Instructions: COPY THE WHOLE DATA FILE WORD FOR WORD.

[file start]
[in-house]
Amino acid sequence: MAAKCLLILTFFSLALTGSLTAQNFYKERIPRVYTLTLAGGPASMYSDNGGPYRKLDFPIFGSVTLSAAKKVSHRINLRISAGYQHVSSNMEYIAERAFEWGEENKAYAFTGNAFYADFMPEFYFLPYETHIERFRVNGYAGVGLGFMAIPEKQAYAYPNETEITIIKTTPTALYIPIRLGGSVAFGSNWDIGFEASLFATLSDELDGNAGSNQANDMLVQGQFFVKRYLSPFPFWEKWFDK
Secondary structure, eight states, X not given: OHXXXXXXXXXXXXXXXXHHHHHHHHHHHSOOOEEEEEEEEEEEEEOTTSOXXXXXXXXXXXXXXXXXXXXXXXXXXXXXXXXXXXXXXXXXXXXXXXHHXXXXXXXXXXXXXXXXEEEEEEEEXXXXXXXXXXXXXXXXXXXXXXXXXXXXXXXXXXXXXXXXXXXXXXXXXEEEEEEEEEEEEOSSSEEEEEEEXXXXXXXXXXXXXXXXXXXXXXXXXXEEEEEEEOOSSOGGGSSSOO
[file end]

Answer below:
[in-house]
Amino acid sequence: MAAKCLLILTFFSLALTGSLTAQNFYKERIPRVYTLTLAGGPASMYSDNGGPYRKLDFPIFGSVTLSAAKKVSHRINLRISAGYQHVSSNMEYIAERAFEWGEENKAYAFTGNAFYADFMPEFYFLPYETHIERFRVNGYAGVGLGFMAIPEKQAYAYPNETEITIIKTTPTALYIPIRLGGSVAFGSNWDIGFEASLFATLSDELDGNAGSNQANDMLVQGQFFVKRYLSPFPFWEKWFDK
Secondary structure, eight states, X not given: OHXXXXXXXXXXXXXXXXHHHHHHHHHHHSOOOEEEEEEEEEEEEEOTTSOXXXXXXXXXXXXXXXXXXXXXXXXXXXXXXXXXXXXXXXXXXXXXXXHHXXXXXXXXXXXXXXXXEEEEEEEEXXXXXXXXXXXXXXXXXXXXXXXXXXXXXXXXXXXXXXXXXXXXXXXXXEEEEEEEEEEEEOSSSEEEEEEEXXXXXXXXXXXXXXXXXXXXXXXXXXEEEEEEEOOSSOGGGSSSOO